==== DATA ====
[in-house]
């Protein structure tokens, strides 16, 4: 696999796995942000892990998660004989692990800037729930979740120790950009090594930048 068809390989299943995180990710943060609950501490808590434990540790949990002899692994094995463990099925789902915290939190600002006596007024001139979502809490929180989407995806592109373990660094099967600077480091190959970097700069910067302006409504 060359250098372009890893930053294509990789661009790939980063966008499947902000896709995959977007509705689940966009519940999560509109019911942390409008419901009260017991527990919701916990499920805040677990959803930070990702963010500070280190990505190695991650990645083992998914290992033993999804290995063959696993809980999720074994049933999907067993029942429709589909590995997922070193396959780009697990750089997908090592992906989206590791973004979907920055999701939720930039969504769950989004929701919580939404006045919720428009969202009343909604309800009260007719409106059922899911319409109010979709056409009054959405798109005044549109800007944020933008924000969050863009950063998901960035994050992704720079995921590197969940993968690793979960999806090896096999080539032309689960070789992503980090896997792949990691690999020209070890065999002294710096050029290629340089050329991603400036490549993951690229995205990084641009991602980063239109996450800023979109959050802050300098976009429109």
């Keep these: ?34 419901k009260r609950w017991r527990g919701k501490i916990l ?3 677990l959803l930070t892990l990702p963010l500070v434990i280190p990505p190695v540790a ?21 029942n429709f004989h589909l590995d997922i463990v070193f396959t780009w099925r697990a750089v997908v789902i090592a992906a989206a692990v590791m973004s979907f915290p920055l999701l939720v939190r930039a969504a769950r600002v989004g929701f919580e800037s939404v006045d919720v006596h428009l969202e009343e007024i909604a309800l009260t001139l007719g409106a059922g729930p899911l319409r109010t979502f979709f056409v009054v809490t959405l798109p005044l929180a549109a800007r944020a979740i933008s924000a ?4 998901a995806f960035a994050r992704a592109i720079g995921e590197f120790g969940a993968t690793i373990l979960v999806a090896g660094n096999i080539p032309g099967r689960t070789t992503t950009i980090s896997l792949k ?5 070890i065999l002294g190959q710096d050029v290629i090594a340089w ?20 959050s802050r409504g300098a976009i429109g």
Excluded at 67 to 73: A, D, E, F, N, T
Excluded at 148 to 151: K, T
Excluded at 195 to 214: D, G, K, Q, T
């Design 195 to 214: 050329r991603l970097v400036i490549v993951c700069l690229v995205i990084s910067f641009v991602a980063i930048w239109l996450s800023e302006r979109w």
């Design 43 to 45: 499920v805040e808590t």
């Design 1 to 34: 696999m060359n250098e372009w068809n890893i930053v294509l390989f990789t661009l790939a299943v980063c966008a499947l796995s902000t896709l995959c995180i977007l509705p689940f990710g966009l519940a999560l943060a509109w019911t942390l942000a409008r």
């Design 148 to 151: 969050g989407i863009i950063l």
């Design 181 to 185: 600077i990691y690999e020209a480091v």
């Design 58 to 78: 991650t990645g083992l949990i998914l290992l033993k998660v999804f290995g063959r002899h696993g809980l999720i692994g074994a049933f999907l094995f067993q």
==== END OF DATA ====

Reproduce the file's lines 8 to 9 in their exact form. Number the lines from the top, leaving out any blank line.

């Design 43 to 45: 499920v805040e808590t």
């Design 1 to 34: 696999m060359n250098e372009w068809n890893i930053v294509l390989f990789t661009l790939a299943v980063c966008a499947l796995s902000t896709l995959c995180i977007l509705p689940f990710g966009l519940a999560l943060a509109w019911t942390l942000a409008r």